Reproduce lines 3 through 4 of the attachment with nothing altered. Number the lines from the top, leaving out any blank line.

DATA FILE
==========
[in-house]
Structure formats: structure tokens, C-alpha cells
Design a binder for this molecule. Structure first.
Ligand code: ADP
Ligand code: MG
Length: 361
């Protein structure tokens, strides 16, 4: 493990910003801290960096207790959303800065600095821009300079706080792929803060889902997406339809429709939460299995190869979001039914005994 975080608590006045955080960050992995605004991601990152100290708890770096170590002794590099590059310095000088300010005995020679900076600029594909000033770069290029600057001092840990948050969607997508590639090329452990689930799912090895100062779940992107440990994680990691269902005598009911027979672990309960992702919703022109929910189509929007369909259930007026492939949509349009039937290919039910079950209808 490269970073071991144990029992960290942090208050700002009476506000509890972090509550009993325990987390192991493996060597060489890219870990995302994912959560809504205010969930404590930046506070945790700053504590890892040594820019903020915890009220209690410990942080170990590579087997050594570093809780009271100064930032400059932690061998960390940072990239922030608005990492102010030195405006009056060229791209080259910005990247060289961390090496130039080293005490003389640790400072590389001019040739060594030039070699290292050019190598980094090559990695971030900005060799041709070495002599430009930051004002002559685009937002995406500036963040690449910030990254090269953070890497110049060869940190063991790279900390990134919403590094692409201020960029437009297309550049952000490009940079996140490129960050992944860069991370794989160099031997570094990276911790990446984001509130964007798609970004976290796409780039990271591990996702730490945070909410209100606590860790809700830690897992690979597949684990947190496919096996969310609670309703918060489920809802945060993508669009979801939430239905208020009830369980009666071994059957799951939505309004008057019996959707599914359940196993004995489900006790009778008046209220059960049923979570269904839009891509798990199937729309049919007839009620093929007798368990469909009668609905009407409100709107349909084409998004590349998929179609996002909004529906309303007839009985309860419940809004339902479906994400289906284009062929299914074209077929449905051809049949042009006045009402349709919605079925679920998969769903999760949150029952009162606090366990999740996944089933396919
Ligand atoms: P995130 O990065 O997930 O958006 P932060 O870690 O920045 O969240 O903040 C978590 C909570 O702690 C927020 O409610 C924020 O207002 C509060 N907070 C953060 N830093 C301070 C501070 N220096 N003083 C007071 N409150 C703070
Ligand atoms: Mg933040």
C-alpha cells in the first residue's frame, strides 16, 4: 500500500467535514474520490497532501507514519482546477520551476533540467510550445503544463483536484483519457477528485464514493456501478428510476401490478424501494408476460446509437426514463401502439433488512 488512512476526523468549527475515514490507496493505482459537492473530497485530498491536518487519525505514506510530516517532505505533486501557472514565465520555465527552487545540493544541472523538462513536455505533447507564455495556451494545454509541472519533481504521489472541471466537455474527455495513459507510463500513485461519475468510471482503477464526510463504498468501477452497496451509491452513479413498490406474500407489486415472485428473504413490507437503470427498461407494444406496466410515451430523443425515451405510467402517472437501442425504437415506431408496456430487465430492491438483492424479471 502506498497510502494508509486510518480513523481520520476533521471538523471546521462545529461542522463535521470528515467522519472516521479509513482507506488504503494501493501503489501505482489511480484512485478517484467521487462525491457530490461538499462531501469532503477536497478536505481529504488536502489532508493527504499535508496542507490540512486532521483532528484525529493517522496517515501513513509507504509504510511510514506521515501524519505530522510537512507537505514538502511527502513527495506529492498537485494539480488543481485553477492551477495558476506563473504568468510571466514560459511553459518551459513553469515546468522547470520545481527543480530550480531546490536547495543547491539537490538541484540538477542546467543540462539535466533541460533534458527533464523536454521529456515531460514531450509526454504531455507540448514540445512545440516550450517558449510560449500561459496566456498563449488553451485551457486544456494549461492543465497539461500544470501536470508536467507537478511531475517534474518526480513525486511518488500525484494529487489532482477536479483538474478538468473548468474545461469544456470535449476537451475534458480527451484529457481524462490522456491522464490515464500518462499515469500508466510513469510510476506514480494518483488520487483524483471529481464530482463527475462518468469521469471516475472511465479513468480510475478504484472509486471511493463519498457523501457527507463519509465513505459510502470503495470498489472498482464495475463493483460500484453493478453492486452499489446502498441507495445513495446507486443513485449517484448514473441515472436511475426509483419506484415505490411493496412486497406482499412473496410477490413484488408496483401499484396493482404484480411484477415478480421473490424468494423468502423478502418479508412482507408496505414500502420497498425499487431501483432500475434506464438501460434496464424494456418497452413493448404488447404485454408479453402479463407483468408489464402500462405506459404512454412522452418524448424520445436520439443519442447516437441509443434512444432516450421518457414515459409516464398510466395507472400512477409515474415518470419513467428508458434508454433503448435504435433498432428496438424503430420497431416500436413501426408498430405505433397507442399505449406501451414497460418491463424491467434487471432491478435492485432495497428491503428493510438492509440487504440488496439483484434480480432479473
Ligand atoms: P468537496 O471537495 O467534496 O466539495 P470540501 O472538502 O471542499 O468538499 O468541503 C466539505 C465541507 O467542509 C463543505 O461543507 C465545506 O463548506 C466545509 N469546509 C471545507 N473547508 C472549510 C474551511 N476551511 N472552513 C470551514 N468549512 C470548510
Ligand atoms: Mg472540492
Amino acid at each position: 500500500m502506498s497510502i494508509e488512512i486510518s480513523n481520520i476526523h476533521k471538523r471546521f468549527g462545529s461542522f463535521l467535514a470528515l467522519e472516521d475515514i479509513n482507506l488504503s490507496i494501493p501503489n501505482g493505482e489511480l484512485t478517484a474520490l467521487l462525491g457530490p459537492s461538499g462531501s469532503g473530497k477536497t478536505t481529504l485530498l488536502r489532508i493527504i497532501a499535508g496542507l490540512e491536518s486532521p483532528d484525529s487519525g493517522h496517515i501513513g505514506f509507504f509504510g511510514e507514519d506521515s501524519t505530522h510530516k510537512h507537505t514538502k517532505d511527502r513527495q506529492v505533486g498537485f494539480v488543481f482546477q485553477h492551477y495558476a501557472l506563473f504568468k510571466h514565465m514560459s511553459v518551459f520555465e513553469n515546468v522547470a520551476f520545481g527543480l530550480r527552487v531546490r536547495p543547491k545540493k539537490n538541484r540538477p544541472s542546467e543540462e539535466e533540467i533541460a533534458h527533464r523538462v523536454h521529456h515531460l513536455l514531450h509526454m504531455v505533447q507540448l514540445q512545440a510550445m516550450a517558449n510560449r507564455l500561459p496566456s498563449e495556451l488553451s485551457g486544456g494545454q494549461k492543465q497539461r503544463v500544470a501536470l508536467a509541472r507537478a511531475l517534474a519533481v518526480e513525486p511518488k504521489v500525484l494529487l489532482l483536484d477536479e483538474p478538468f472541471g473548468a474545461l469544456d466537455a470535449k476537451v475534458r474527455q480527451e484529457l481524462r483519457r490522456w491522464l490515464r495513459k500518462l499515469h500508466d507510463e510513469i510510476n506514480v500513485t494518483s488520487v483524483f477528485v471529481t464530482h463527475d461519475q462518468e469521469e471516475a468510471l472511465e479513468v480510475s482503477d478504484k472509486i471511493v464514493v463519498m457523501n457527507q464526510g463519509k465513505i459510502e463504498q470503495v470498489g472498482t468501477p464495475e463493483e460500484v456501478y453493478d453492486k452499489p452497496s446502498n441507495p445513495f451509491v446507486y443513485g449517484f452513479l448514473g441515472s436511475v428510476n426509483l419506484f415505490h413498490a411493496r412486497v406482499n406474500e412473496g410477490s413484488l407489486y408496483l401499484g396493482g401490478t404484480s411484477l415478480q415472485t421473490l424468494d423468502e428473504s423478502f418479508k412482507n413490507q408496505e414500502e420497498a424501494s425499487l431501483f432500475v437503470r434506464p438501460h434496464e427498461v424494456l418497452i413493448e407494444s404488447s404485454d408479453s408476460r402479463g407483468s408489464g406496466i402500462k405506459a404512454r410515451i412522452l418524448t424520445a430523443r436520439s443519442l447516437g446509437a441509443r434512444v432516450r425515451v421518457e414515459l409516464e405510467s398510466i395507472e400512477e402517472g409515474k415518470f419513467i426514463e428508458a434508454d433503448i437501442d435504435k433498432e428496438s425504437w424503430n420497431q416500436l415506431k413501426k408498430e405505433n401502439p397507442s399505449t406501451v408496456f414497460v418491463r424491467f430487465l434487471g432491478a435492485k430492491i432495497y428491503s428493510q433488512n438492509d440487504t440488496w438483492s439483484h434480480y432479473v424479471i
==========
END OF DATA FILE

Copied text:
Design a binder for this molecule. Structure first.
Ligand code: ADP